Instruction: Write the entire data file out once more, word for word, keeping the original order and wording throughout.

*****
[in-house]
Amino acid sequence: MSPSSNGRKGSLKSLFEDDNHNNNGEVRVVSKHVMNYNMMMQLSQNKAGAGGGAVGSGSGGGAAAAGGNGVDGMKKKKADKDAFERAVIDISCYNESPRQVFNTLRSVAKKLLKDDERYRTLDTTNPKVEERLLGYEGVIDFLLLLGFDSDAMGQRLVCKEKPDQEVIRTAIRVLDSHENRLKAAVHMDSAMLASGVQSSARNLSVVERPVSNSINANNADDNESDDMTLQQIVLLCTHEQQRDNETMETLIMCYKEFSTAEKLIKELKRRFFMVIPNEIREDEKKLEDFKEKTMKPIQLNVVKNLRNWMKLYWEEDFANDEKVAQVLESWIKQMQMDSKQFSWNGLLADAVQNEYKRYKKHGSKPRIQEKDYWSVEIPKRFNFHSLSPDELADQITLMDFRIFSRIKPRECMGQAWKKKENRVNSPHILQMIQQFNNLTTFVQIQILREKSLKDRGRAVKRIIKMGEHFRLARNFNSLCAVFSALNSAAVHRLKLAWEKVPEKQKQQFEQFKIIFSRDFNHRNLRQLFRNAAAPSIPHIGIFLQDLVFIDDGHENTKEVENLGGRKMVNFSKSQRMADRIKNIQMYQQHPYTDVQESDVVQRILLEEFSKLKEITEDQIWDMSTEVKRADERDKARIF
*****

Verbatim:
[in-house]
Amino acid sequence: MSPSSNGRKGSLKSLFEDDNHNNNGEVRVVSKHVMNYNMMMQLSQNKAGAGGGAVGSGSGGGAAAAGGNGVDGMKKKKADKDAFERAVIDISCYNESPRQVFNTLRSVAKKLLKDDERYRTLDTTNPKVEERLLGYEGVIDFLLLLGFDSDAMGQRLVCKEKPDQEVIRTAIRVLDSHENRLKAAVHMDSAMLASGVQSSARNLSVVERPVSNSINANNADDNESDDMTLQQIVLLCTHEQQRDNETMETLIMCYKEFSTAEKLIKELKRRFFMVIPNEIREDEKKLEDFKEKTMKPIQLNVVKNLRNWMKLYWEEDFANDEKVAQVLESWIKQMQMDSKQFSWNGLLADAVQNEYKRYKKHGSKPRIQEKDYWSVEIPKRFNFHSLSPDELADQITLMDFRIFSRIKPRECMGQAWKKKENRVNSPHILQMIQQFNNLTTFVQIQILREKSLKDRGRAVKRIIKMGEHFRLARNFNSLCAVFSALNSAAVHRLKLAWEKVPEKQKQQFEQFKIIFSRDFNHRNLRQLFRNAAAPSIPHIGIFLQDLVFIDDGHENTKEVENLGGRKMVNFSKSQRMADRIKNIQMYQQHPYTDVQESDVVQRILLEEFSKLKEITEDQIWDMSTEVKRADERDKARIF